August 2017: Korowai Aroha Health Centre is a kaupapa Māori service, and this shapes many aspects of the way it operates. However, Korowai is similar to many other providers in that its nurses are playing increasingly diverse and skilled roles in healthcare, contributing to improved patient outcomes and freeing GPs to concentrate on acute cases. Korowai staff say they feel as though they are weaving together their collective strengths and building trust with each other as they cooperate in increasingly varied aspects of patient care.
A team of nurses run their own nurse-led treatment clinic and form an important part of the general practice team. But that’s just the start of the centre’s nursing approach.
Korowai has a nurse covering kura kaupapa schools, providing general nursing services with special attention to acute illness. There’s a dedicated community nurse for asthma/Chronic Obstructive Pulmonary Disease (COPD) and another for diabetes. Yet another nurse covers CVRAs and the Tane Takitu Ake men’s wellness programme.
Project coordinator Jane Lane supports the nurses with data extraction, system reviews, documentation, reporting and a host of other tasks. Jane has been involved with nursing for 40 years, and she says that nurses’ roles have grown immensely from the days in which most tasks were delegated by GPs.
“It’s the nurses doing the first line of work now,” she says. “Patients are now booking directly with our nurses, and our diabetes programmes and cardiovascular risk assessments are being done by nurses first. Nurses can do ACC – all kinds of things.”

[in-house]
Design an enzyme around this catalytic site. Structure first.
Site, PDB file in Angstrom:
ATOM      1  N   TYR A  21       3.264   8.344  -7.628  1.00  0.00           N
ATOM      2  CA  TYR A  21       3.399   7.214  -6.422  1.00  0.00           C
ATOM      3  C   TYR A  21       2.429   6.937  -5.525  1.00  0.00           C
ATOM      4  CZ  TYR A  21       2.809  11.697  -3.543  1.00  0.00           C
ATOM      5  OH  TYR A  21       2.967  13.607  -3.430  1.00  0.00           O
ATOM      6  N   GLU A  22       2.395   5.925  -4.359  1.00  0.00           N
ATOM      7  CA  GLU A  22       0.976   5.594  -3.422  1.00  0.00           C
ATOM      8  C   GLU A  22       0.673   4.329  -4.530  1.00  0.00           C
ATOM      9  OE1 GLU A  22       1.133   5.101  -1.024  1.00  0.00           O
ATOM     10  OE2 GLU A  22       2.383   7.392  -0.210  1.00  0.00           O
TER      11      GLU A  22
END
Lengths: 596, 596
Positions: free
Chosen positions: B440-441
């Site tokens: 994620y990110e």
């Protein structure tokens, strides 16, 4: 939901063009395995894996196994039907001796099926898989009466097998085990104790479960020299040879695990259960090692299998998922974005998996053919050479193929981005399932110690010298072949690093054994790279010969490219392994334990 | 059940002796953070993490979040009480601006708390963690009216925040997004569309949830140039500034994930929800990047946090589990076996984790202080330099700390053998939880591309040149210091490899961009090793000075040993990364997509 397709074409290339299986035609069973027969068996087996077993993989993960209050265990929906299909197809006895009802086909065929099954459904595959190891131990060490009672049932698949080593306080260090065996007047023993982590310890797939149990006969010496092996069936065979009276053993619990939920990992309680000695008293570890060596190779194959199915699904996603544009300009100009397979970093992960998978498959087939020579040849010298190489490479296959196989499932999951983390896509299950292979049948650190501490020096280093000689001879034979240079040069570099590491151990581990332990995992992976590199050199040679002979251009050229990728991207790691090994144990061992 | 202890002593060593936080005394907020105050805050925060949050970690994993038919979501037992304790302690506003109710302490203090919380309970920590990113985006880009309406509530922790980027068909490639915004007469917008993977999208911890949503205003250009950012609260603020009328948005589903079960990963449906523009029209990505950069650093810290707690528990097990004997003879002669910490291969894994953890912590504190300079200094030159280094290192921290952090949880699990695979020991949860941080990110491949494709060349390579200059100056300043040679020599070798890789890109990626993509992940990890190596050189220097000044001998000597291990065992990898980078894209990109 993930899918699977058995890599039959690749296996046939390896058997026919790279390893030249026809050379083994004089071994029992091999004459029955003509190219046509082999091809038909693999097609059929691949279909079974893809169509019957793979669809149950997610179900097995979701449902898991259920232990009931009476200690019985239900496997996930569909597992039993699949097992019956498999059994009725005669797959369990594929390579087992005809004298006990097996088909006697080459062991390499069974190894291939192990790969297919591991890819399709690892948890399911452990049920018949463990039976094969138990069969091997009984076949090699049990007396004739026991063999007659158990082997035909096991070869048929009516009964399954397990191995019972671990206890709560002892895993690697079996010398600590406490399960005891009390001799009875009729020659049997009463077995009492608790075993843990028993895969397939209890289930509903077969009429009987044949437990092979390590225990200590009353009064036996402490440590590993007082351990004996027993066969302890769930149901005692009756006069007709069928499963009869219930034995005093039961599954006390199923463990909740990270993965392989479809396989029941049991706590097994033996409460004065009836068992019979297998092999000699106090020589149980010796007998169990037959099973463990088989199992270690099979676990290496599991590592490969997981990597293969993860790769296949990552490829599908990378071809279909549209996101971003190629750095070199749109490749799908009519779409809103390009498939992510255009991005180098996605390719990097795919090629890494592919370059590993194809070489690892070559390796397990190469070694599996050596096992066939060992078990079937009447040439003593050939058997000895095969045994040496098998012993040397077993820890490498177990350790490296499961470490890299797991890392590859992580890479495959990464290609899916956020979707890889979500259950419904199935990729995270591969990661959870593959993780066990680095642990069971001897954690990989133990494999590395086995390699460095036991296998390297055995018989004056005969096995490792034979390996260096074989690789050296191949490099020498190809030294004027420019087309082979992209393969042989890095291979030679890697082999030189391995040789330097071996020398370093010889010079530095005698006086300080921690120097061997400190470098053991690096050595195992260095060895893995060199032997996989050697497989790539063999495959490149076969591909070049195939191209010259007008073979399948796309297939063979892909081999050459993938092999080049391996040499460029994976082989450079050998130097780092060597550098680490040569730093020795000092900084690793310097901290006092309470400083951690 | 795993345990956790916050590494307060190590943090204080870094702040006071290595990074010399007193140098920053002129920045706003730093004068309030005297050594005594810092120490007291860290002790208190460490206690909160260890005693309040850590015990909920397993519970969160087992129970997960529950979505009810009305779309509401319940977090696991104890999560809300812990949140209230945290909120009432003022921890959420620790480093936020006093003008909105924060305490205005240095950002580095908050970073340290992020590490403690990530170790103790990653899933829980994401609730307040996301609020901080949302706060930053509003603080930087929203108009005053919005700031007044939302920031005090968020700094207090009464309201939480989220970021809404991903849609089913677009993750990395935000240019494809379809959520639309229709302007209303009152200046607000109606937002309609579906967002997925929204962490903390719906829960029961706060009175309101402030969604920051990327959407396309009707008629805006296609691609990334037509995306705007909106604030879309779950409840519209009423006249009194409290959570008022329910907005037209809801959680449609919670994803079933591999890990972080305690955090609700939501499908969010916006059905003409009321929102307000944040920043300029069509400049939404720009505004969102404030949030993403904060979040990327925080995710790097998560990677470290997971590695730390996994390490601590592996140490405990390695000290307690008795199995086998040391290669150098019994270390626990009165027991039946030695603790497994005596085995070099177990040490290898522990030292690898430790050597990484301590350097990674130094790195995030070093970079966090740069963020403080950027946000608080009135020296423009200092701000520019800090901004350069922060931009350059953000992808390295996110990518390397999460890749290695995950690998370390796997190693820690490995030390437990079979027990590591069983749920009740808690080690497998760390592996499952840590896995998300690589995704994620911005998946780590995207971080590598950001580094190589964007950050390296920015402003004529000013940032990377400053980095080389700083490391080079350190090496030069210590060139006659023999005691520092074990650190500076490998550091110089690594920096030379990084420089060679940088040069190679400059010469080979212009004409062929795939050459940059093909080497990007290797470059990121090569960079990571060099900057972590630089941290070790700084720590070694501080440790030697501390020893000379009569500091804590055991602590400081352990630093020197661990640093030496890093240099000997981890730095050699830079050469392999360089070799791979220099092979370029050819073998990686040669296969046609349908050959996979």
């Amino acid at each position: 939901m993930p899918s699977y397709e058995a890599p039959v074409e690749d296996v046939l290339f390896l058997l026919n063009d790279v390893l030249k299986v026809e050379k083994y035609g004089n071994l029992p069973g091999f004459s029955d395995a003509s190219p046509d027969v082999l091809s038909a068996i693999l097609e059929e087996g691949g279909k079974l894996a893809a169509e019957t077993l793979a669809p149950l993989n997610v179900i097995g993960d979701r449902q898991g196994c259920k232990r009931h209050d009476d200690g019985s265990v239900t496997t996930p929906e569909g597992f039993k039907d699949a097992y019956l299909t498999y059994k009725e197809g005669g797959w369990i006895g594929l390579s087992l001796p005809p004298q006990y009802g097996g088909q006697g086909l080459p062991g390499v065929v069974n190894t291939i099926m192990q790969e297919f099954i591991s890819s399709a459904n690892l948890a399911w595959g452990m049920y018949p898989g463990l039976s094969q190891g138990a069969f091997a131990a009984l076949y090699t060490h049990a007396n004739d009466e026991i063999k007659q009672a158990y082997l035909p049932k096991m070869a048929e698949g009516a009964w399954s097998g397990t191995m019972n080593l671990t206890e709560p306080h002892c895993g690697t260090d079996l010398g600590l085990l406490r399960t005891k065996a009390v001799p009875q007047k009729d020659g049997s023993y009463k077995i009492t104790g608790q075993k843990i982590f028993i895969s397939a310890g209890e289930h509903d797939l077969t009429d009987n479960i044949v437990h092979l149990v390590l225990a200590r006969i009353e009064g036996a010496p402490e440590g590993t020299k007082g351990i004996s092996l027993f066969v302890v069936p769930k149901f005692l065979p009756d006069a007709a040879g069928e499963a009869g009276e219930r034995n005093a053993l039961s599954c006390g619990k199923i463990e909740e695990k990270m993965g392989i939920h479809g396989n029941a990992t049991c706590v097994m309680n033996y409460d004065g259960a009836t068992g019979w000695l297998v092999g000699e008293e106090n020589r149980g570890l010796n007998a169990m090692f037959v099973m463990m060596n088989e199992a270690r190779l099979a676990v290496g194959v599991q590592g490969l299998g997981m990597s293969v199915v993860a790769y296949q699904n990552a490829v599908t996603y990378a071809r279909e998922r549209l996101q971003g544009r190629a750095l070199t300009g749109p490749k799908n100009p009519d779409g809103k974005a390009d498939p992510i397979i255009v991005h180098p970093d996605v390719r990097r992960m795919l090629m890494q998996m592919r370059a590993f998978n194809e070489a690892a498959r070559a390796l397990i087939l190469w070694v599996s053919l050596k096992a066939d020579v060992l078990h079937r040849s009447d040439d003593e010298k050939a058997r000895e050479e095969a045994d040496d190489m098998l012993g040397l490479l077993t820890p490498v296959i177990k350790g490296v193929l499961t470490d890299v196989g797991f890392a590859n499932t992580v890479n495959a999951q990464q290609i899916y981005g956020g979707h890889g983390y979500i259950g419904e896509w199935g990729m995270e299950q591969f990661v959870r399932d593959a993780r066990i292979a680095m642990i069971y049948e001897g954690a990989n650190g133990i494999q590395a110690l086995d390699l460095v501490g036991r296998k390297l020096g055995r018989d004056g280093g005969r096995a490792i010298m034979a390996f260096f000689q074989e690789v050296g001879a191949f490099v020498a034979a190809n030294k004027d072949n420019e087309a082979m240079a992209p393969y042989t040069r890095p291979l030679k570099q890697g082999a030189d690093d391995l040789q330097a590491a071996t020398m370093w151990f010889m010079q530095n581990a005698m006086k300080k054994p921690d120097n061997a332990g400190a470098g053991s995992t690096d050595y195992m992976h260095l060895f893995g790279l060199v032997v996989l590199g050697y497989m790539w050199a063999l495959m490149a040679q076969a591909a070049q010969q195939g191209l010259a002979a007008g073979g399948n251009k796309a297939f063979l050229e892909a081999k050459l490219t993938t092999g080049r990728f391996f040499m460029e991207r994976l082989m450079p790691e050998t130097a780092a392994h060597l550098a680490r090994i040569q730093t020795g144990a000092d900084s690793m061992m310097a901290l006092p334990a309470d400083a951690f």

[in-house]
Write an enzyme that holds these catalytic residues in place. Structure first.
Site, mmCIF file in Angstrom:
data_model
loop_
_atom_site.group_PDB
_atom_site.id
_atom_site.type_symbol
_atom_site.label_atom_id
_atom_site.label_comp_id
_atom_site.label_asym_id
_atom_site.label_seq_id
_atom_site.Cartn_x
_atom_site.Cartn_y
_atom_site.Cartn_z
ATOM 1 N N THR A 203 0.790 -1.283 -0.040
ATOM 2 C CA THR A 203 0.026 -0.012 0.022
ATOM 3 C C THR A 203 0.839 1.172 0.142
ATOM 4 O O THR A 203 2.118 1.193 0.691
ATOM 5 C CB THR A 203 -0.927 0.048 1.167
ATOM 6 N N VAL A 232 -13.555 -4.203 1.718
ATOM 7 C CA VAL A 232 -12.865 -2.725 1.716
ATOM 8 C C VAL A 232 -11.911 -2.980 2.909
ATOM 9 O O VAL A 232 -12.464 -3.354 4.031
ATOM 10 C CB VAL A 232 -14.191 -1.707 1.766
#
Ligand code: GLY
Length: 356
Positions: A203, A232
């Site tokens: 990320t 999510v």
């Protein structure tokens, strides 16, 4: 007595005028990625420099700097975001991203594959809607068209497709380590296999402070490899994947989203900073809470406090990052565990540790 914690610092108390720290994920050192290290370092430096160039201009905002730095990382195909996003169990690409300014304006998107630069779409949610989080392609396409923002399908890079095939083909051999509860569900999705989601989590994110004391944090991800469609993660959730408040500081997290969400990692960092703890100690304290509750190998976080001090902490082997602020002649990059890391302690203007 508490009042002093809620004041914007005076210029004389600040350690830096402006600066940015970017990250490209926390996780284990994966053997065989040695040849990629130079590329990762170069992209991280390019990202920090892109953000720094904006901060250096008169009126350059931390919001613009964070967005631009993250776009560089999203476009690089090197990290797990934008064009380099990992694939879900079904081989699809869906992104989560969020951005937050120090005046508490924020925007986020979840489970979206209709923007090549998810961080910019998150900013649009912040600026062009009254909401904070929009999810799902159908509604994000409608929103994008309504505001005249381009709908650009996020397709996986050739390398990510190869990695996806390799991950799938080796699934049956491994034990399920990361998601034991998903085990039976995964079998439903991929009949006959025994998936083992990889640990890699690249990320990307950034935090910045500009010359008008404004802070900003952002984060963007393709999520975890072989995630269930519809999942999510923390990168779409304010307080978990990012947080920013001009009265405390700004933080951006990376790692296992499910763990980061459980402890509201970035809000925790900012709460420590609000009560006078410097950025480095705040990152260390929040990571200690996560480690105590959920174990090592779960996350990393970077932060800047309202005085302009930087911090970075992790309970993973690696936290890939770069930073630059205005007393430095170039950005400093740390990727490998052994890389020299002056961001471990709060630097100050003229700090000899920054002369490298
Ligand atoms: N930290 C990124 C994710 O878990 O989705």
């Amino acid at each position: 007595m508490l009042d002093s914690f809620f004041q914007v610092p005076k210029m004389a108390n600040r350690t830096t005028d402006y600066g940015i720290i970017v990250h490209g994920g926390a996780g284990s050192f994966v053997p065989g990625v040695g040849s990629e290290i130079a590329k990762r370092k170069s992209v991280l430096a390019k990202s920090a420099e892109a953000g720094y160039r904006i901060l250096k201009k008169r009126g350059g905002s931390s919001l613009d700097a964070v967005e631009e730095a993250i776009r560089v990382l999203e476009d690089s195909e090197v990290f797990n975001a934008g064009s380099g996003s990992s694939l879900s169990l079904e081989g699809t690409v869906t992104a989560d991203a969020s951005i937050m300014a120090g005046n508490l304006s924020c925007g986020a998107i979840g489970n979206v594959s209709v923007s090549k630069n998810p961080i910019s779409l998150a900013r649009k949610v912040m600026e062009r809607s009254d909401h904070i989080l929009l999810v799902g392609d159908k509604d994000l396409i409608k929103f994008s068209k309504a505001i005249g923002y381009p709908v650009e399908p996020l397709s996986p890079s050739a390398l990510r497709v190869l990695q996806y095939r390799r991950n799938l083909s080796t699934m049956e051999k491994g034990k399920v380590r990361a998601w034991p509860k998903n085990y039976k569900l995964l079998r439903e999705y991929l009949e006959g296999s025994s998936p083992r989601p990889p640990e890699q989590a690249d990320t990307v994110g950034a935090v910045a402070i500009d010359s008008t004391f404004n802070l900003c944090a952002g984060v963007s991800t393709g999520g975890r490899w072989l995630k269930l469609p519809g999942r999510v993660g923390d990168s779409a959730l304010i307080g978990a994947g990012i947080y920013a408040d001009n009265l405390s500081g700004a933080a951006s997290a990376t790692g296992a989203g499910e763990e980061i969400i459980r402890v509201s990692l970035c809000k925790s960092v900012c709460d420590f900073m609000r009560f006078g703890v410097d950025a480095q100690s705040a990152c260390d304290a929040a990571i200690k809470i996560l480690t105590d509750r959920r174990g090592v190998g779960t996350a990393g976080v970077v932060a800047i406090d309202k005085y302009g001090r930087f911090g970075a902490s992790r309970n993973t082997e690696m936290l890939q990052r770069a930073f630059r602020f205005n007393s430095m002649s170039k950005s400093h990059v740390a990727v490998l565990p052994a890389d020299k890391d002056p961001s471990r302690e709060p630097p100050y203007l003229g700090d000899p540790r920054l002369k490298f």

This change in the way treatment is given has led to improved patient outcomes, and in that respect Korowai can point to some healthy figures.
The cervical screening rate for Māori women has doubled in three years to 73 per cent, and is still climbing. The BSA enrolment rate has also improved, hitting 90 per cent. The 95 per cent immunisation target for 8-month pepi has also been met. These results have been achieved despite the challenges of providing for a population that is 80 per cent Māori and 93 per cent high-needs.
This means that, rather than waiting for patients to walk through the door, Korowai uses a pro-active approach to connect with the community and achieve its health goals. For example, the service employs a health care assistant to undertake recalls and cold calls to homes, and has contracted a Hapū Mama nurse for home visits to support the immunisation targets. Internal systems have also been tightened, allowing better identification of patients who are overdue for contact. These methods are part of a “whānau ora” approach to healthcare that Jane greatly appreciates, describing the centre’s atmosphere as “really lovely”.
Change has clearly brought benefits, and Jane predicts that nursing will develop to become even more highly-skilled. Skills do not develop by accident, and key to progress is education. Korowai’s managers recognise this by freeing staff for training events.
Korowai CEO Hariata Vercoe says the centre is fortunate to have such a highly-skilled nursing team. “They provide a high standard of nursing assessment,” she says. “They are passionate and thoughtful about the care they provide to whānau, and their contribution ensures we provide a high-quality service.”